The first discontinued drug change,,,,, caused me to have flu like symptoms for 6 days, not knowing if that god awful feeling was to abate I lived in fear, but it did stop.
But I can’t be lucky enough to change over that easy with others, I attempted suicide in 1998 because nothing helped, hospitalised and a great doctor put me on the right path!
I don’t need to loose my life over a drug shortage that can be prevented.
Most pills and raw materials come from foreign countries like India, China and Israel, who go through natural disasters, wars and manufacturing issues.
Right now people are running out of their heart, cancer and mental illness drugs – meaning without those medications you become very sick or worse!
Since 2014 over 300 medications have been discontinued, 200 resolved and as of November 5th 2015, there are over 700 drugs out of stock!
Some are estimated to be back in stock as far as August 2016 that are still being made, how do you last that long on a month to month prescription? I just noted on the website, one drug is out until December 2016. Yikes!
Why isn’t the government looking into this, the FDA and CANADA HEALTH REGULATIONS have to pass these out of country meds too, which takes even longer to see if they are up to standard qualities.
One of my meds has been out 10 months and now two are due in, in May 2016, and that’s an estimate only and if I didn’t keep on top of things I’d be very sick and back in hospital, and it still could happen!
So if you want to keep updated on what’s going on go to—www.drugshortages.ca—-and register and keep in touch with your doctor and pharmacist.
THE CANADIAN DRUG SHORTAGE DATA BASE.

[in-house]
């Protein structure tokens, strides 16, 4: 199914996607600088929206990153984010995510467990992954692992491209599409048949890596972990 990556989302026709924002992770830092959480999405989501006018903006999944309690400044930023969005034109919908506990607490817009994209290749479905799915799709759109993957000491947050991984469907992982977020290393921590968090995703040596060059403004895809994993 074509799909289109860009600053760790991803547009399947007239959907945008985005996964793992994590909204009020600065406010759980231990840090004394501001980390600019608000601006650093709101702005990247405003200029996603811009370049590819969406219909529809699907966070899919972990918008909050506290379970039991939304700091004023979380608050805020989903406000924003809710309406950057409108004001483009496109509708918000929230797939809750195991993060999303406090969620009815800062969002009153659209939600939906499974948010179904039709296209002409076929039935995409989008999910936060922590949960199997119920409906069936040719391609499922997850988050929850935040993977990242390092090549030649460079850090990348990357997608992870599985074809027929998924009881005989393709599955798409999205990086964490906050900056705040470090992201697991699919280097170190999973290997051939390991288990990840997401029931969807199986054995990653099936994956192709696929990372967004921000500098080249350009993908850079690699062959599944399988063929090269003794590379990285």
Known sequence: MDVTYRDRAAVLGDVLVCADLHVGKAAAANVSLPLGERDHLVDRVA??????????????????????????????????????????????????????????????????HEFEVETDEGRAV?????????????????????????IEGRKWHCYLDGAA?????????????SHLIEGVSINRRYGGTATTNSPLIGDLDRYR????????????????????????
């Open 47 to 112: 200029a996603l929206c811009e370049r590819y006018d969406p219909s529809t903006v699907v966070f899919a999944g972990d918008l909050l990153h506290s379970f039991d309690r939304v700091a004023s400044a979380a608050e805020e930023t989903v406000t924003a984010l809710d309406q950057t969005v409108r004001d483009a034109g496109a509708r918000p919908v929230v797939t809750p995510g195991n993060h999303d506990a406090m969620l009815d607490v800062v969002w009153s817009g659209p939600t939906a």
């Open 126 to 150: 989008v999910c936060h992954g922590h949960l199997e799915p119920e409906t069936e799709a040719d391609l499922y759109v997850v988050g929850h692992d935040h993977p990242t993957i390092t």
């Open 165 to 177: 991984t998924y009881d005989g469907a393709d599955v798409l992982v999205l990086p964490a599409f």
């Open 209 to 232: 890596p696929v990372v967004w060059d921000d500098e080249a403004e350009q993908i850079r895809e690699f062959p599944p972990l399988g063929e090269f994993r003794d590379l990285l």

I’m lucky to have this knowledge and a great pharmacy that looks after me with a good doctor that orders a stock pile of meds so I try not to run out.
You know who you are and I thank you from the bottom of my heart.
A dentist in eastern Ontario reports that triazolam has not been available for conscious sedation during dental procedures for about six months.
On 26 September, posted this announcement:
The Public Health Agency of Canada (the Agency) has been made aware of a national cefixime shortage which is expected to last until September 2015. There is only one Canadian supplier of cefixime at present; however, the shortage is a result of a problem with a third party manufacturer.
Gonococcal infections have shown progressive resistance to penicillin, tetracycline, and quinolones; third generation oral and injectable cephalosporins are the last remaining first-line treatments. As one of the recommended treatments for gonococcal infections, the shortage of cefixime hinders our efforts to control this infection.
A pharmacist in a cancer treatment centre reports that his hospital’s stock of cancer chemotherapy drug, paclitaxel, produced by the Canadian firm Biolyse, has run out. Soon an order will be placed with the American firm, Hospira.
The Hospira price for a treatment is $4000 — whereas the Biolyse price is $50.
The increased, unexpected, annual cost to his institution will be over $2M.
Health Canada inspectors revoked the licence of Biolyse because of publicly unspecified safety violations, and it had to stop production.
The pharmacist asks the following questions, which we cannot answer:
1. If safety had really been violated, why were pharmacies allowed to use up the remaining stock presumably made under the same “unacceptable” conditions?
2. Why is the American firm’s price for this drug 80 [EIGHTY!] times that of the Canadian company?
3. What are the real costs of manufacturing this drug?
pharmacies. Sometimes it is possible to get a replacement drug that way
depending on what the drug is.